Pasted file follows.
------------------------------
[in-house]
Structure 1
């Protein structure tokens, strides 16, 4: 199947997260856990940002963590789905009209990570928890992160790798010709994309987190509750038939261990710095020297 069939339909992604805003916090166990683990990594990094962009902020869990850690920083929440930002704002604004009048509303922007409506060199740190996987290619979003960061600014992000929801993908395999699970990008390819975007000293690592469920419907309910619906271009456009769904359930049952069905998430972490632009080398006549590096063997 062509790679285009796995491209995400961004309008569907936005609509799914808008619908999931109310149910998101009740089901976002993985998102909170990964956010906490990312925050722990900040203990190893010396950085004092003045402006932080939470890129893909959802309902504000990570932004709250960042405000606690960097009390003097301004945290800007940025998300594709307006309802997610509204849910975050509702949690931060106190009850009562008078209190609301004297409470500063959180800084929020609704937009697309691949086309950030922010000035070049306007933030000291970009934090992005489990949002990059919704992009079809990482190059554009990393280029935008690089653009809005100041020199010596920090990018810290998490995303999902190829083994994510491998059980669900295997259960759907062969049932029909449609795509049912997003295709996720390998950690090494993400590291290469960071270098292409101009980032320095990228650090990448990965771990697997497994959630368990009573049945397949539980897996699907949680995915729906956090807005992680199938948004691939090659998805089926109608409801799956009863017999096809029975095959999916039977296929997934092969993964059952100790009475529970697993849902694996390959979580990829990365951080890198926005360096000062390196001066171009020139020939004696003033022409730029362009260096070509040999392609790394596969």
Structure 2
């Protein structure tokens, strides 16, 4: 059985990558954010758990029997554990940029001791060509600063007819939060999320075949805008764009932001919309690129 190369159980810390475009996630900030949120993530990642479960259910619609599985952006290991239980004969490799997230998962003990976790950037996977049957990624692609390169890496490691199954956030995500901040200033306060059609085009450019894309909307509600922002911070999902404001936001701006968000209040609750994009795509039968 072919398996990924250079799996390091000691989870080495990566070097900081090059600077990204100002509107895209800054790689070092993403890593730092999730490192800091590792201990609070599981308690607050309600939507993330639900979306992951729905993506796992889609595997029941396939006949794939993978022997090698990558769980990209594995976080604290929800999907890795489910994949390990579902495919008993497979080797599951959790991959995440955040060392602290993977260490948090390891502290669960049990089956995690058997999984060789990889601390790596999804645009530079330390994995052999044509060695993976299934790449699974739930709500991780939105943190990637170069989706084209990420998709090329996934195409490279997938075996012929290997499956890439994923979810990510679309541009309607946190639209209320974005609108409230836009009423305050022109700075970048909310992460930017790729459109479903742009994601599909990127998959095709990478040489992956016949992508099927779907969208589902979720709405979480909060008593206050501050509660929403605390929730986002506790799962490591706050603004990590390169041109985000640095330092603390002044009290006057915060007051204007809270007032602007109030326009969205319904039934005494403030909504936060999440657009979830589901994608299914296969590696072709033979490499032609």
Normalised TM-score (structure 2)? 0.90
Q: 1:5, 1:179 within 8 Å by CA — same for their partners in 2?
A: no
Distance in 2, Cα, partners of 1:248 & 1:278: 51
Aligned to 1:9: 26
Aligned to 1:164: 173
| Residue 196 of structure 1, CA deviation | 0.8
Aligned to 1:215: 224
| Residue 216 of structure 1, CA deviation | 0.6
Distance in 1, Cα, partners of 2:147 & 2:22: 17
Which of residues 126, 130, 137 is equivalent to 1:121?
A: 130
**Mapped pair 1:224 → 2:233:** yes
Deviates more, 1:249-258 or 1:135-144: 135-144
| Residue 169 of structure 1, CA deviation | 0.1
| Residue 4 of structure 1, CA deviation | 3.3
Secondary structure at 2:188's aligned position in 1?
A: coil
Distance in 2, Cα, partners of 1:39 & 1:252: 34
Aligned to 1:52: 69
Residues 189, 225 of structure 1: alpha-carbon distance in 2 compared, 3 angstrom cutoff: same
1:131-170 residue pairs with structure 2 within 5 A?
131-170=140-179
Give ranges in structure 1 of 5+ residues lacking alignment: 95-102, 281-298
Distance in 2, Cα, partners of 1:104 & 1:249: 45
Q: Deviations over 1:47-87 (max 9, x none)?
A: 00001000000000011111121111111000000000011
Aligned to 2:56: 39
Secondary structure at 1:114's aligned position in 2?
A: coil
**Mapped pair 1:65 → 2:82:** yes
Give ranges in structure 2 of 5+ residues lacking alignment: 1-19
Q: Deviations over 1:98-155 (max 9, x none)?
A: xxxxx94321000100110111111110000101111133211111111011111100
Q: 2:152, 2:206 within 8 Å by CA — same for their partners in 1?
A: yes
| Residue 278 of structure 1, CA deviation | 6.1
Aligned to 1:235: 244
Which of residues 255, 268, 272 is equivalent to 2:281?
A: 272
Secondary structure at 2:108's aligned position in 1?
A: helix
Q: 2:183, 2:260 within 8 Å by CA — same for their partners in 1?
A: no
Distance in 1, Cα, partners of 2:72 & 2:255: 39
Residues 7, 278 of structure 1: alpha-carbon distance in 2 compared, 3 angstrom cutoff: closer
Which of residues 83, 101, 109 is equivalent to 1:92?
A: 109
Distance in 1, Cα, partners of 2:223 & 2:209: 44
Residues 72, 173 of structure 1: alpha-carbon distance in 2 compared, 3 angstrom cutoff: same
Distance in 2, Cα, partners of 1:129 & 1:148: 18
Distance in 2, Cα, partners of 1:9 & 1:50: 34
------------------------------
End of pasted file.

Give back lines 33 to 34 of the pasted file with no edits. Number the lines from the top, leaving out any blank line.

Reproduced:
Aligned to 2:56: 39
Secondary structure at 1:114's aligned position in 2?